The biggest water park in the whole region. It is nearly two decades old but still attracts many visitors as an ideal way to enjoy the outdoors all year round

Beyond the urban sprawl of Dubai, Sharjah and Ajman and along the stretch of the UAE’s glittering coastline is the modest emirate of Umm al Quwain. Although it doesn’t bathe too often in the spotlight, the area should not be overlooked – it hosts some of the most unspoilt beaches and clear blue seas and perhaps surprisingly, it is also home to the Middle East’s largest water park.

Covering 250,000 square metres, Dreamland was built in 1995 – making it the oldest as well as the largest park in the country. It has a huge variety of waterslides and even facilities for overnight camping, meaning it can accommodate thousands of guests in any 24-hour period.

Michel Farhat, the operations manager for the park says that although many competitors have sprung up in recent years, Dreamland is still the best.

‘The other parks might seem like good places to go but in the long run, I think we have the most to offer. We have more space, more variety and not too many restrictions,’ he says.

Whether you want to bob around the Lazy River or power down the Twisting Dragons – water slides winding down the hillside – Dreamland’s rides are all rated on a ‘thrill’ scale, so there is something for all the family. Students Jhanzeb Yassin and Marium Binte Badr were enjoying a day off from university in Sharjah. ‘We come here in the week because it is quiet,’ says Yassin before diving into the wave pool. ‘And it’s much cheaper than the other water parks.’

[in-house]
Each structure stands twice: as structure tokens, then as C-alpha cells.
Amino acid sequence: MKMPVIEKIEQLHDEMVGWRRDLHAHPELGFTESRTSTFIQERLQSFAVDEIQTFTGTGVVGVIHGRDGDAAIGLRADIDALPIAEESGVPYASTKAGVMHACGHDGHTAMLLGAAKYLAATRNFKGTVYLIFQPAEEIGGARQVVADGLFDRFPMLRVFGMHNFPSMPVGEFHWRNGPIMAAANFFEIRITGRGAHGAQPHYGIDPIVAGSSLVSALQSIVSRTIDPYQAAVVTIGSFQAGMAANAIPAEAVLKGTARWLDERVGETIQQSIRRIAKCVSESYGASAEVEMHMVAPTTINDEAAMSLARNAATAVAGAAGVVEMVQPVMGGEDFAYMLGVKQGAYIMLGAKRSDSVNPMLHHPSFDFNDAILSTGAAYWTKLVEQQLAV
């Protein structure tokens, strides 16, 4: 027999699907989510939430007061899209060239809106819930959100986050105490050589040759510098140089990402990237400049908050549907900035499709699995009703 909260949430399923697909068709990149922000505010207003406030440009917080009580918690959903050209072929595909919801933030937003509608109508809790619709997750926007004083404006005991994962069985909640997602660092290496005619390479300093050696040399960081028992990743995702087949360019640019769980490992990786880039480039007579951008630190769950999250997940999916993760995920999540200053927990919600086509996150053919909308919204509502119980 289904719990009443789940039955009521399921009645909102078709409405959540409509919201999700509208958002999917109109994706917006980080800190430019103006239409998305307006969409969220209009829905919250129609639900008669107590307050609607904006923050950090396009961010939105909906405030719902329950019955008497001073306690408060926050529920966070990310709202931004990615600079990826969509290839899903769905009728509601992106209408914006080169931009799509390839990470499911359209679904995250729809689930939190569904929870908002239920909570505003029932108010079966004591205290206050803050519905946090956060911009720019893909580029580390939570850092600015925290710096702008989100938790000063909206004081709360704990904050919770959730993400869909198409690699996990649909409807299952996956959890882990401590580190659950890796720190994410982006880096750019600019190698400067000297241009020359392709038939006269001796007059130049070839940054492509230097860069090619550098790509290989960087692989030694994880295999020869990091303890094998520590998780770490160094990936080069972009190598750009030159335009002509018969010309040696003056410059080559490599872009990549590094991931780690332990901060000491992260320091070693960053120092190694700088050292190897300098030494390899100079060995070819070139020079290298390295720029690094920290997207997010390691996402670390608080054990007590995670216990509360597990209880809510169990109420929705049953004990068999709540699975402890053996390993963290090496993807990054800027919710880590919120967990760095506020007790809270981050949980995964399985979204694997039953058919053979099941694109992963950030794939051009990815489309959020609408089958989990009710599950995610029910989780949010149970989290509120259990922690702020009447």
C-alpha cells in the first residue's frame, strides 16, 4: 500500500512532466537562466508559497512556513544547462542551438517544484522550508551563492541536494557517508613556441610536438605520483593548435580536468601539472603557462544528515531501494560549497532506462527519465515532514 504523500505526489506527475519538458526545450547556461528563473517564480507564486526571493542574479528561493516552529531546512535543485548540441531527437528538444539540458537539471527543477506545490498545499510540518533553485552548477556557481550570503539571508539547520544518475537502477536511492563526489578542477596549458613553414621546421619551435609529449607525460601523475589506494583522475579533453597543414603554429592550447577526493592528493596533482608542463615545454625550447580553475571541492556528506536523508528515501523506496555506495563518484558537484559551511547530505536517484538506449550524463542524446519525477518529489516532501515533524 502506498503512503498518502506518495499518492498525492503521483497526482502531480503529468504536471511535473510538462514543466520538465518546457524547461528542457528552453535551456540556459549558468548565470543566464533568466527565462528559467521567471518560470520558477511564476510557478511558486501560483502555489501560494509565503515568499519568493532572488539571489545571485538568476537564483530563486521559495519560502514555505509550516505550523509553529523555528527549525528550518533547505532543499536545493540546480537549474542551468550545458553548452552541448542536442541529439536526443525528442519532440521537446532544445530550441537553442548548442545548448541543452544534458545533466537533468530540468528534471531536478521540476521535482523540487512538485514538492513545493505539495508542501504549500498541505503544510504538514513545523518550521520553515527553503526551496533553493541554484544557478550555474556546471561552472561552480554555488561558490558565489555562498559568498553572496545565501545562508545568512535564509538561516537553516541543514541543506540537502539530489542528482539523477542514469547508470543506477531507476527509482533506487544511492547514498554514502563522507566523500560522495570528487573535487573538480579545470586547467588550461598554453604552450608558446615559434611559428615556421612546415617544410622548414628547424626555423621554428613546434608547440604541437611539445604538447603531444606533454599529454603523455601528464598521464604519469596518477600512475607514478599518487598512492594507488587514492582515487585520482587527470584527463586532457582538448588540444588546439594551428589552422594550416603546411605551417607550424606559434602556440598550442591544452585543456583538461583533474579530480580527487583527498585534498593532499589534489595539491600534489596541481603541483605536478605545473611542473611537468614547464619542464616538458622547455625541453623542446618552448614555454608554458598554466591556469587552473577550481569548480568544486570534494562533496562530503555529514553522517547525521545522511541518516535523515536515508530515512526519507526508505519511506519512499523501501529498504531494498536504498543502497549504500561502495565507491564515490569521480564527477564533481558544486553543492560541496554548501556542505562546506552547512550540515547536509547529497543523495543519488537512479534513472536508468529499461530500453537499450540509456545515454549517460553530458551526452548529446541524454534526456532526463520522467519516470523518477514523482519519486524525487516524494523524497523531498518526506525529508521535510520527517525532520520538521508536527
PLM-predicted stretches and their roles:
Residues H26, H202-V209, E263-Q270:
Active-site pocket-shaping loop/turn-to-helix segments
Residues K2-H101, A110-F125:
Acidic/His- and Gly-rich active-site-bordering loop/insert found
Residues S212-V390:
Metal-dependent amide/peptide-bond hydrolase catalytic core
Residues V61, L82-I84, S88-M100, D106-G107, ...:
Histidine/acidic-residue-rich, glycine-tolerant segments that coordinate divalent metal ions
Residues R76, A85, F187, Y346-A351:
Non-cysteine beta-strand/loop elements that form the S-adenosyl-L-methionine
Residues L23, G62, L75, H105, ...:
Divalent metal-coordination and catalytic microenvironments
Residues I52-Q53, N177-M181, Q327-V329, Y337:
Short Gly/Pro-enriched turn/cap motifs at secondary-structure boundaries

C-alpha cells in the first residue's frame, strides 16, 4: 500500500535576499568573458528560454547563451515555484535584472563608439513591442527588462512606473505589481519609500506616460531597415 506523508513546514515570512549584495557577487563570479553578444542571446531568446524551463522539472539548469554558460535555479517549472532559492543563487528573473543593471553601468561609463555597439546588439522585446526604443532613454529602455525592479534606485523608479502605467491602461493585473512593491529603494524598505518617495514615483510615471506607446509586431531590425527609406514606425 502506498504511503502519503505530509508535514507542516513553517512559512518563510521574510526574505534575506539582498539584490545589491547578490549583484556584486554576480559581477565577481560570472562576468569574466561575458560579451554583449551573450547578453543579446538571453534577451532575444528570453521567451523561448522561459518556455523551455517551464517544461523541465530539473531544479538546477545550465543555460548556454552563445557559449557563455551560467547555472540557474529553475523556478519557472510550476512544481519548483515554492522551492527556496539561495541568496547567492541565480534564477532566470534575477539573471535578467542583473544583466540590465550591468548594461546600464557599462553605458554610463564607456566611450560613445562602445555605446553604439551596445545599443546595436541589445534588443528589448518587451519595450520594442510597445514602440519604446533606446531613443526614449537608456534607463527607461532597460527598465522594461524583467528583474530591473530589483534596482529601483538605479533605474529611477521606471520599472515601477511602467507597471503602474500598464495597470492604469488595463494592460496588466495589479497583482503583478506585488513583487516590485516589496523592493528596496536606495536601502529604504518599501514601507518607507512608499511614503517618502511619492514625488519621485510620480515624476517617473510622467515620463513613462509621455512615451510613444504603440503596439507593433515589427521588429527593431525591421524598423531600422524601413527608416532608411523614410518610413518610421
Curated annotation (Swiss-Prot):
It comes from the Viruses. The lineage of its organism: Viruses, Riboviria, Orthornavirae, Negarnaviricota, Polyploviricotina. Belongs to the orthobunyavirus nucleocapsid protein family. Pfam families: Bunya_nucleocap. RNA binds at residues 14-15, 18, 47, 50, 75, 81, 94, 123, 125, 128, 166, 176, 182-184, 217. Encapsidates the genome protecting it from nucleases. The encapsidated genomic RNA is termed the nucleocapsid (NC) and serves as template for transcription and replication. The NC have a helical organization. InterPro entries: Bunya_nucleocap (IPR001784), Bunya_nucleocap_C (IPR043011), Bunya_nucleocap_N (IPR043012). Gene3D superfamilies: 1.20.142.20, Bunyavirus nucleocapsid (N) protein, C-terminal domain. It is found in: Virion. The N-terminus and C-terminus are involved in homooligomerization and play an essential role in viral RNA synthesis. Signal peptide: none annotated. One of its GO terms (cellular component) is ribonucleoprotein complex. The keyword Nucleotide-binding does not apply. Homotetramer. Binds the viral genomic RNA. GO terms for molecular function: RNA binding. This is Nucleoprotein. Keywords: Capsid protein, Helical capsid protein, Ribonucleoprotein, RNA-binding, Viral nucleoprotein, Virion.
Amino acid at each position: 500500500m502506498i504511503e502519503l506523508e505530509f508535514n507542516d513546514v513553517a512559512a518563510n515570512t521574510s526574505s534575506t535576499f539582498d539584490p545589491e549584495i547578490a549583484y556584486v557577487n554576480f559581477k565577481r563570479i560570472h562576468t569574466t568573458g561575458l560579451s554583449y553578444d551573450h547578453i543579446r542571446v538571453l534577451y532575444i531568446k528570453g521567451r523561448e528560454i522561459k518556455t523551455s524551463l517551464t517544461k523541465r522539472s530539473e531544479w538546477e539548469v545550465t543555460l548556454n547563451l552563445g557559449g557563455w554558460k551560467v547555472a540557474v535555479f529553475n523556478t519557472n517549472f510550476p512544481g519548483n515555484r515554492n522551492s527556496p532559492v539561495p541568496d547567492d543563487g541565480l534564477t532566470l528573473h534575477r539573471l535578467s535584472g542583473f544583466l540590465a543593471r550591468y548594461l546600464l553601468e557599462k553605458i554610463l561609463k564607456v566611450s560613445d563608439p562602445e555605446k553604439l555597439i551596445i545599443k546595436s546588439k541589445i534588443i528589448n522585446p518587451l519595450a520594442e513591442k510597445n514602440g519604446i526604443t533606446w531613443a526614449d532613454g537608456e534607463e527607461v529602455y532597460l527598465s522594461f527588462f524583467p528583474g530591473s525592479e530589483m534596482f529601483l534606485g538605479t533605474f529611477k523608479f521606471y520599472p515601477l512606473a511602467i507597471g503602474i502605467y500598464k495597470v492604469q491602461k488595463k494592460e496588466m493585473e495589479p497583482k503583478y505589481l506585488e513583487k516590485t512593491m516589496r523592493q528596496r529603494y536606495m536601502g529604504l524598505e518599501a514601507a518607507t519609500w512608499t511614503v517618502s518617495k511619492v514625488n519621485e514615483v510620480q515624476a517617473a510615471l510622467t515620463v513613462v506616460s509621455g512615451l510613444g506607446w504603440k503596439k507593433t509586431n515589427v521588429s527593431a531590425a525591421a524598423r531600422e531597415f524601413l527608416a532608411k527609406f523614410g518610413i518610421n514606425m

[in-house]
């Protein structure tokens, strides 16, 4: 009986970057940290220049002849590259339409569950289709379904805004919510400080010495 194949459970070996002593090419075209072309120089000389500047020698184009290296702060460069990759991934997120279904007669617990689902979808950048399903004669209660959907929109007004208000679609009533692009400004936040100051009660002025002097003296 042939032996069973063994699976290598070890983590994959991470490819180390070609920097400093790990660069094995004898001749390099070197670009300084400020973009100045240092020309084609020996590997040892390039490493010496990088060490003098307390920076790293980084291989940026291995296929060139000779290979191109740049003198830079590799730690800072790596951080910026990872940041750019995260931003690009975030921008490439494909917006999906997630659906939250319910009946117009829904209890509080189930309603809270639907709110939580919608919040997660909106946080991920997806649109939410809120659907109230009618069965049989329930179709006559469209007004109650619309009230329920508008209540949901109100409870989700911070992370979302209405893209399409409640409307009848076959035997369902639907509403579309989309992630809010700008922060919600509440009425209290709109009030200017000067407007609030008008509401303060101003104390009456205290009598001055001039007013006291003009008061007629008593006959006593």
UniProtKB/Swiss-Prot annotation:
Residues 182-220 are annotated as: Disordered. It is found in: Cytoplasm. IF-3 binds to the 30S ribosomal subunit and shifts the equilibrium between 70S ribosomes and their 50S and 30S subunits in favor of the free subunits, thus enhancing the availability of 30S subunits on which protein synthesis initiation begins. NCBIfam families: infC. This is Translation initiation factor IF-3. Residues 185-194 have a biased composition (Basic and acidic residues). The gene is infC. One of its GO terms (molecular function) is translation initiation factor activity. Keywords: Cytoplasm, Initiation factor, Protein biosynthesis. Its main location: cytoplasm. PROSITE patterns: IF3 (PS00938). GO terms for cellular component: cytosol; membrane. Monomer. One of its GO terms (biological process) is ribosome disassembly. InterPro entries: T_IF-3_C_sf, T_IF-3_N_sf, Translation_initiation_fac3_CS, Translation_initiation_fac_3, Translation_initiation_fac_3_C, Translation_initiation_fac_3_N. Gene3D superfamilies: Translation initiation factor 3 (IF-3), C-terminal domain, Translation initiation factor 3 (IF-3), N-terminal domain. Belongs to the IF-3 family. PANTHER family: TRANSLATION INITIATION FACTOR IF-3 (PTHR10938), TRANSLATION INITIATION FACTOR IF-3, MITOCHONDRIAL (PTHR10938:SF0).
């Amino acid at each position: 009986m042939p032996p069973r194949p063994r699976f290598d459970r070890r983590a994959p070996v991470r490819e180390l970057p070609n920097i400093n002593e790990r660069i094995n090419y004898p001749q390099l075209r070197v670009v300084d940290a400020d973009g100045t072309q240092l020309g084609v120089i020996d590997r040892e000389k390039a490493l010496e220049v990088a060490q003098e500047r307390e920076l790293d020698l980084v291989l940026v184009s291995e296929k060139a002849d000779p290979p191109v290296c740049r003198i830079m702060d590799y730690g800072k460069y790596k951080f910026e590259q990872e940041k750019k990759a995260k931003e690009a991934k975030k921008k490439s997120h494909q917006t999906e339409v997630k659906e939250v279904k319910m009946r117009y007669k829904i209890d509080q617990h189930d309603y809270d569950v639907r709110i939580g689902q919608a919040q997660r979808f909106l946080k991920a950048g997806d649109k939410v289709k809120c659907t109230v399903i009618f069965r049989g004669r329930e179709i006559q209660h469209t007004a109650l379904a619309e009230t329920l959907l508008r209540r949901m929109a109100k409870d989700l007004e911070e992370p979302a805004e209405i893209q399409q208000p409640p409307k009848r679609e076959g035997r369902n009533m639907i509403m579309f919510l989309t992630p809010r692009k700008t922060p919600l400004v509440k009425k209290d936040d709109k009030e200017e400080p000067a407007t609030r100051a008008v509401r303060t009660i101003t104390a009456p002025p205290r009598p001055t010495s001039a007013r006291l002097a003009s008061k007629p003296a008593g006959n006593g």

Binte Badr says she really likes her regular excursions to Umm Al Quwain. ‘It might not be glamourous like Dubai, but it is calm and relaxed. It is nice to come somewhere different.’

The young couple are not alone in their opinion. Jaime Lemmer, a mother of two from Zimbabwe, visits the park regularly with her family because she wants to get away from the crowds. ‘Even in the summer we come here,’ she says. ‘It’s so much better than spending the whole day inside a mall.’

And that is where Umm Al Quwain’s charm lies. It is far behind even its nearest neighbour Ras Al Khaimah in terms of development but there is a lot to do if you want to make the most of the water. Many keen fishermen depart on day trips from the emirate’s long coastline and the unusual sport of crabbing is also practiced in the dead of night along some of its more deserted beaches.

In Dreamland itself they also have their fair share of wildlife. A petting zoo with deer, rabbits and monkeys is situated at the centre of the park and the plastic hippos by the children’s playing area keep many visitors amused.

‘My kids absolutely love it here,’ says Lemmer as her eightyear- old son jumps in and out of the water. ‘And we know they are totally safe to run around as much as they like because there are plenty of lifeguards on duty.

‘There might not be that much to do in Umm Al Quwain – it is a very quiet place – but for us, that is all we need.’